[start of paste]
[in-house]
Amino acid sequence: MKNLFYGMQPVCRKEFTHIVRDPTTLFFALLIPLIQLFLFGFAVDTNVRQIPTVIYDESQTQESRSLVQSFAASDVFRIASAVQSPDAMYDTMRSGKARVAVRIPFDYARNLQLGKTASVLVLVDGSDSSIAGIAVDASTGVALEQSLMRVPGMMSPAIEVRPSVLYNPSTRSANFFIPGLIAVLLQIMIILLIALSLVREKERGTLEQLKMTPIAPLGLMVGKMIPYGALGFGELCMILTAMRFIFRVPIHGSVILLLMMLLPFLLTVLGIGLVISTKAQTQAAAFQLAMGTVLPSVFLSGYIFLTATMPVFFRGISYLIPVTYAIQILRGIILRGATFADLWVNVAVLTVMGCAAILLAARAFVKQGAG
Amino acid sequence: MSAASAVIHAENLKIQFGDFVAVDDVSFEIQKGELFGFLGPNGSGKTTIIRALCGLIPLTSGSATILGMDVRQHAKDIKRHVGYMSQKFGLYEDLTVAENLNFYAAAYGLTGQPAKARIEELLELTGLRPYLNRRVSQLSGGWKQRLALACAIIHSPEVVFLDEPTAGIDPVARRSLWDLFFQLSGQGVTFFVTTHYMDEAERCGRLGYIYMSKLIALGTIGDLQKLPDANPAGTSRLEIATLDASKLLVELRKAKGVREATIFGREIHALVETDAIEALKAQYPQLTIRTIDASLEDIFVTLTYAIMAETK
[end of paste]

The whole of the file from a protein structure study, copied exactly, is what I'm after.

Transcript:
[in-house]
Amino acid sequence: MKNLFYGMQPVCRKEFTHIVRDPTTLFFALLIPLIQLFLFGFAVDTNVRQIPTVIYDESQTQESRSLVQSFAASDVFRIASAVQSPDAMYDTMRSGKARVAVRIPFDYARNLQLGKTASVLVLVDGSDSSIAGIAVDASTGVALEQSLMRVPGMMSPAIEVRPSVLYNPSTRSANFFIPGLIAVLLQIMIILLIALSLVREKERGTLEQLKMTPIAPLGLMVGKMIPYGALGFGELCMILTAMRFIFRVPIHGSVILLLMMLLPFLLTVLGIGLVISTKAQTQAAAFQLAMGTVLPSVFLSGYIFLTATMPVFFRGISYLIPVTYAIQILRGIILRGATFADLWVNVAVLTVMGCAAILLAARAFVKQGAG
Amino acid sequence: MSAASAVIHAENLKIQFGDFVAVDDVSFEIQKGELFGFLGPNGSGKTTIIRALCGLIPLTSGSATILGMDVRQHAKDIKRHVGYMSQKFGLYEDLTVAENLNFYAAAYGLTGQPAKARIEELLELTGLRPYLNRRVSQLSGGWKQRLALACAIIHSPEVVFLDEPTAGIDPVARRSLWDLFFQLSGQGVTFFVTTHYMDEAERCGRLGYIYMSKLIALGTIGDLQKLPDANPAGTSRLEIATLDASKLLVELRKAKGVREATIFGREIHALVETDAIEALKAQYPQLTIRTIDASLEDIFVTLTYAIMAETK